It dosent connect the city in a big way yet, but its network has been growing, and the first phase of the network is already in place. The next 2 phases will be ready in time for the 2010 Delhi Commonwealth Games. There is now a station at Connaught place, which may be of help to travellers-tourists. The metro connects you to the Red fort/ Chandni chowk/ Delhi University/ trans Yamuna areas/ Dwarka... and more areas.
Line 2, or the Yellow line, is useful for getting to Old Delhi (Chandni Chowk, Jama Masjid, etc) and New Delhi railway stations as well as the ISBT bus terminal. Fares range from Rs. 6 to 22.
The next phase is connecting the south Delhi areas and the satellite townships of Noida and Gurgaon. Once completed, it is scheduled to become one of the largest metro networks in the world.
Oh and clicking pictures at Metro stations and inside the trains is strictly forbidden and you could get into some trouble with the secirity if you are seen doing so...
Delhi Merto rail Corporation or DMRC, plans to build multi storyed complexes with shops, restaurants, atm's etc, which will be integrated into the metro station area.
The metro has already started altering the real estate map of the city, with land prices around areas that get onto the metro map set to go spiralling upwards
Finally, Delhi's own Metro system... Clean and efficient and as good as they come. However, its a system that should have been in place many years ago. Thankfully, the government woke up to the reality of desperately needing an efficient public transport system.
This is only the first phase in place for now- there are portions bieng added to the existing network by and by. This is one case though, of a government owned enterprise, which has met deadlines and delivered and setting a new benchmark in terms of infrastructure development.
The maximum fare for a journey on the network today (Oct 2006) is Rs 22. There are tokens available or smart cards which can be recharged and are very convenient for regular travellers as it helps you avoid the hassle of standing in queue each time to purchase tokens.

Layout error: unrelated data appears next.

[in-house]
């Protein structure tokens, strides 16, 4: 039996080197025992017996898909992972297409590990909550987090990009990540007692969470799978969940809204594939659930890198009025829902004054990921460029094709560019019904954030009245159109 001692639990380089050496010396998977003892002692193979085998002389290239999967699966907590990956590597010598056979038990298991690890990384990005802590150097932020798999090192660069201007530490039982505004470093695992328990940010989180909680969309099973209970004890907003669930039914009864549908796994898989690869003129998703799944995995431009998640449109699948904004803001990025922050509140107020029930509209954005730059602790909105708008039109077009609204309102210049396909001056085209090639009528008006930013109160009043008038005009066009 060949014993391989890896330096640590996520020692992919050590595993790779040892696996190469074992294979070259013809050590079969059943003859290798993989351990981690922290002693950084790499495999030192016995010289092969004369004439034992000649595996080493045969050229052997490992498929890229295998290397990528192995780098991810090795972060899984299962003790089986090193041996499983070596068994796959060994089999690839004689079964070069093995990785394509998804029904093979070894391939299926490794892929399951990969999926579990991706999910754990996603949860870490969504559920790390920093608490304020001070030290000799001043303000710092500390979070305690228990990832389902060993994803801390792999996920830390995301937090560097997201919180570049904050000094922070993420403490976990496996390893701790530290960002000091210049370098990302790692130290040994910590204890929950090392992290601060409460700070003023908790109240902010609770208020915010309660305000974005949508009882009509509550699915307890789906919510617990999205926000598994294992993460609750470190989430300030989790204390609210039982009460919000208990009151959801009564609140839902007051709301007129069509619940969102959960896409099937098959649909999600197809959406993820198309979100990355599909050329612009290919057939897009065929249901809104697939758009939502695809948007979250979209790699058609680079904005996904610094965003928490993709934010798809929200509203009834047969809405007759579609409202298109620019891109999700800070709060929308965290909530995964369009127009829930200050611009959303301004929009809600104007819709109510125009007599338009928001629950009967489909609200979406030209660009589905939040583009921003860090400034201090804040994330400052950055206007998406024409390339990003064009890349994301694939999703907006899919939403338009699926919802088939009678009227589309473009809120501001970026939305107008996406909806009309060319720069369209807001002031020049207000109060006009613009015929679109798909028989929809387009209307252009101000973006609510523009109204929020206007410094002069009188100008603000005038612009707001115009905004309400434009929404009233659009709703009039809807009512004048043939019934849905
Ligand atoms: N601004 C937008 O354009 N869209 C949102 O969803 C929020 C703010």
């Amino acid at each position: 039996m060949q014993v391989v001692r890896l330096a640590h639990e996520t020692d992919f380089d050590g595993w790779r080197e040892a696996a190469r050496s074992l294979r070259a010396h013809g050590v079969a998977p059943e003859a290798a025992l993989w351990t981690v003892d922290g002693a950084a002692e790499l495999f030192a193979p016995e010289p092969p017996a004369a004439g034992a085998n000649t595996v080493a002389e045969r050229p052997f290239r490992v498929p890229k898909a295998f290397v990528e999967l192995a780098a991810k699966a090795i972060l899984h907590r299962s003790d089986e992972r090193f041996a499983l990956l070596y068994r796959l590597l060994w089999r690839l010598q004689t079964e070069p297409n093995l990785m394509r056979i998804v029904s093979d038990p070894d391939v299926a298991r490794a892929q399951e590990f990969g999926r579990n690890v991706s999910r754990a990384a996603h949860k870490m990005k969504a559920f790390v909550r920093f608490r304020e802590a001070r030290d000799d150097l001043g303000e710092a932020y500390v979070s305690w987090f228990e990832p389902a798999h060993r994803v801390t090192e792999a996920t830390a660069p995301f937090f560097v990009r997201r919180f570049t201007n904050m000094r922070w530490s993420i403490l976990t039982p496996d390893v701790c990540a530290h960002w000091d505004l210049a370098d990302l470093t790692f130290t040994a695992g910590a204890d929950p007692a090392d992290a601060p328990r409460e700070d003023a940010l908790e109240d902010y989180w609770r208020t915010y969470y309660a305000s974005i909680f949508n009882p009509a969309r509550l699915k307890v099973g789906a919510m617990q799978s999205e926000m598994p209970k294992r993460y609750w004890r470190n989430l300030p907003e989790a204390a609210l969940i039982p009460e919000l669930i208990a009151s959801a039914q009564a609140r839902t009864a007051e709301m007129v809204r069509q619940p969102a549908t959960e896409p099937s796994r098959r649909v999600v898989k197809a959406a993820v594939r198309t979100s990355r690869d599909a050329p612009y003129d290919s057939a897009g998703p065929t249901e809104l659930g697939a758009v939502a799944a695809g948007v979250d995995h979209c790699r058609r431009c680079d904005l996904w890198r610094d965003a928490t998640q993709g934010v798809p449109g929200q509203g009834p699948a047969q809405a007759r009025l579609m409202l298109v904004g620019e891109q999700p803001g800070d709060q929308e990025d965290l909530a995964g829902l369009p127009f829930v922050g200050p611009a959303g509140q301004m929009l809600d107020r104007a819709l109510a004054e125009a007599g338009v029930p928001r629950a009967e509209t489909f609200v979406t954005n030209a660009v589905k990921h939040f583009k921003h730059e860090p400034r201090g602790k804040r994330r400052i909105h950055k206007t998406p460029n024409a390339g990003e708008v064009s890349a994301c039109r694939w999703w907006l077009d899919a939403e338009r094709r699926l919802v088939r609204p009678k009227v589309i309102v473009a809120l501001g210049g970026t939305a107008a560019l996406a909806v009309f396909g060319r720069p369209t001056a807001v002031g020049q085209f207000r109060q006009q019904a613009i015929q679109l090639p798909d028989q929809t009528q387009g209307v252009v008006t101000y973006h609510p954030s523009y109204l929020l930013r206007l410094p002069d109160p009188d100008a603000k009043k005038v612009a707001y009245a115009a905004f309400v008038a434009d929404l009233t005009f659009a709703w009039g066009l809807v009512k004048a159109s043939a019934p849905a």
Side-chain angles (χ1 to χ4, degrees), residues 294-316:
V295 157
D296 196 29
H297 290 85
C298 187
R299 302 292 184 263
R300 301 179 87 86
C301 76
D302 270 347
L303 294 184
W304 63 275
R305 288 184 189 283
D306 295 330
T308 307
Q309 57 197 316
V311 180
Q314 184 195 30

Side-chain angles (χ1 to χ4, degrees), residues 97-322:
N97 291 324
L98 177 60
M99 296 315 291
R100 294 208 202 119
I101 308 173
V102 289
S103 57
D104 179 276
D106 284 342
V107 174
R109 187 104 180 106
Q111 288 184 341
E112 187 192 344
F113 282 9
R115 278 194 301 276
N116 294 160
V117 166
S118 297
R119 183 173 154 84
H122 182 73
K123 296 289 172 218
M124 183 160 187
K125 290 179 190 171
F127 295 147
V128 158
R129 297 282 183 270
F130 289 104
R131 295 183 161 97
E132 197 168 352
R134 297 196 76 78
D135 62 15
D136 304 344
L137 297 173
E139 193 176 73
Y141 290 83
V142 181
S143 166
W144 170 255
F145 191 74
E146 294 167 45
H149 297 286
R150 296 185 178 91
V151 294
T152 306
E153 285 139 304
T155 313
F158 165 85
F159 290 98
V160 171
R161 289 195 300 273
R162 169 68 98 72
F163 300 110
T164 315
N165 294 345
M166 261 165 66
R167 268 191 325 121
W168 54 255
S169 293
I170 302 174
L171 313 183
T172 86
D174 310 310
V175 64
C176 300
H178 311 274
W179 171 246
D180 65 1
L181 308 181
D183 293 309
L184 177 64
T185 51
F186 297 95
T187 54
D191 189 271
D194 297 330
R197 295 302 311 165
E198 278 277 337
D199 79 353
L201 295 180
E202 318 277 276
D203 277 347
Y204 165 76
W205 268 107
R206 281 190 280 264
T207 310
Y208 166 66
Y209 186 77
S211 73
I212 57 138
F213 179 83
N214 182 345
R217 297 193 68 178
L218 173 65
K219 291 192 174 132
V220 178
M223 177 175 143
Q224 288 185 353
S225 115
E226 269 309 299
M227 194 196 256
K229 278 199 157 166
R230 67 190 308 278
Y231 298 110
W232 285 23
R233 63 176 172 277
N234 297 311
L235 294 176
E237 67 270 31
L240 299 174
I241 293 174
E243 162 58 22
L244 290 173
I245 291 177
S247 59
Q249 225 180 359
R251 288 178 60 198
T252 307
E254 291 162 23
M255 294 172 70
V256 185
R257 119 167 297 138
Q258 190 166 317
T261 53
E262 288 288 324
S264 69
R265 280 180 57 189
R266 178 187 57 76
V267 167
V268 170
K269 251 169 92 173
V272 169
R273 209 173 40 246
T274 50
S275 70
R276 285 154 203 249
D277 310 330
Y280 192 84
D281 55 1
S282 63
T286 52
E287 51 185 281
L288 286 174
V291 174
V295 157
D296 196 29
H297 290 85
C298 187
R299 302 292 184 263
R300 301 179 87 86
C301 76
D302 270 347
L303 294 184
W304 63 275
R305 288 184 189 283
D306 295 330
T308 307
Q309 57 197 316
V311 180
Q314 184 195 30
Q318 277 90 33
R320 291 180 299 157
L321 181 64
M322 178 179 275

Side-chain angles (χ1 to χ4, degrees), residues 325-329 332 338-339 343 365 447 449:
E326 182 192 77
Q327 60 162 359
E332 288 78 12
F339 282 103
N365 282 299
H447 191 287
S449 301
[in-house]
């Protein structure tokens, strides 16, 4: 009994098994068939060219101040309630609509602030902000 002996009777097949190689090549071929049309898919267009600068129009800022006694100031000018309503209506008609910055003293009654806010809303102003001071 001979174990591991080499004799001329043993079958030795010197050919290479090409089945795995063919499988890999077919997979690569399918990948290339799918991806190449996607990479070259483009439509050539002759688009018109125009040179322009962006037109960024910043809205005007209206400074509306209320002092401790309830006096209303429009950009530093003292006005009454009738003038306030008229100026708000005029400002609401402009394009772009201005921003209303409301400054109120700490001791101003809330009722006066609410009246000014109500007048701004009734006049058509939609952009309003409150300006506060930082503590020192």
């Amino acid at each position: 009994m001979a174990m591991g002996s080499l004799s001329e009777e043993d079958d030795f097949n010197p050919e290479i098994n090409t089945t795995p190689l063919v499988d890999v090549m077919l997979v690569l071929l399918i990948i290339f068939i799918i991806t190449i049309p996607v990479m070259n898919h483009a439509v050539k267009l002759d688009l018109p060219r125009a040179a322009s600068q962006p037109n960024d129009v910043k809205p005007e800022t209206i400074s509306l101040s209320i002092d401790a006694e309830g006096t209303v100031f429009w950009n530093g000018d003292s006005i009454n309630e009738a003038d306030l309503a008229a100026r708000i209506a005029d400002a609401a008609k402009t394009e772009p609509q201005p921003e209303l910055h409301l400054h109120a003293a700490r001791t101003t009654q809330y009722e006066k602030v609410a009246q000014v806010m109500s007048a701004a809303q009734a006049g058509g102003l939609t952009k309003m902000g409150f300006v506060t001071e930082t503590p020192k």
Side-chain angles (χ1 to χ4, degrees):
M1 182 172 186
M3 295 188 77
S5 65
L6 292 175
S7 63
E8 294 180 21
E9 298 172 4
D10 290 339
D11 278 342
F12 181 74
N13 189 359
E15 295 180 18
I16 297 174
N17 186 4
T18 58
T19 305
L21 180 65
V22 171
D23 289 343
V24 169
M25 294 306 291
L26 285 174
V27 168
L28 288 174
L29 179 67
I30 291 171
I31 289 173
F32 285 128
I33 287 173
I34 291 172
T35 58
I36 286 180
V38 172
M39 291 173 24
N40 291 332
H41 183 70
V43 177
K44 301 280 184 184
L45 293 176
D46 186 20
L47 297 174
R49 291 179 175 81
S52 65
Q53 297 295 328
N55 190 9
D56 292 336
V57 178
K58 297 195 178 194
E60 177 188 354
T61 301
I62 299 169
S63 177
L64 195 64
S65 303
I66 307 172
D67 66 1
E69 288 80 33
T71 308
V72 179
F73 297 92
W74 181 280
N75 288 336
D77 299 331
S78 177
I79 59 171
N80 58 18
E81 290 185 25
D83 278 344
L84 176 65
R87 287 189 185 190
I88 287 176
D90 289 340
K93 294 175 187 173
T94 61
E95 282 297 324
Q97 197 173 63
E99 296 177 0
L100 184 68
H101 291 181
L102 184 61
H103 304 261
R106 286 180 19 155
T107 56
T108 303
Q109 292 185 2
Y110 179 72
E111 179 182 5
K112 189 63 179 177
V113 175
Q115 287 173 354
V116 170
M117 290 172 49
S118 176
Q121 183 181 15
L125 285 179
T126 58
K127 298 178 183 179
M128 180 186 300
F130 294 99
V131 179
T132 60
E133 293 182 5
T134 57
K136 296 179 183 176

For many years in the past, Delhi vied with Mexico City for the title of the world's most polluted metropolis.
For a few years now however, things have changed, and for the better.
After the Supreme court responded to a Public interest litigation, and literally armtwisted the authorities into implementing a long list of measures that had been drafted to clean up Delhi's air... the results have been all too visible.
The city's fleet of thousands of busses and autos, all run on CNG- compressed natural gas- which is a much cleaner fuel. That and several other measures, have meant that things are far better than before now...
Delhi is connected to almost every city and town of the country by rail. Long distance express trains operate from Delhi to every state capital. Bookings are to be made in advance to avoid the last minute rush, as trains are the most used mode of transport.
First timers and those visiting Delhi after a long time, be prepared to see construction activity all around. Which essentially means roads dug up at many intersections and traffic diversions.
Besides the Metro project, lots of bridges/ fly-overs etc are being built all over the city. Over crowded roads will eventually make way for smoother flow of traffic.
There are signboards which will say `please bear with us today, as we work for a better tomorrow' The fact however is that it should have been done many years ago. Anyway, better late than never. And Delhi-ites are bearing with it patiently. Every completed section does make life a little easier...
One good thing in all this, is that Delhi hosts the 2010 commonwealth games. And the attempt is to have all plans in place well before that, including a fully completed Metro train service.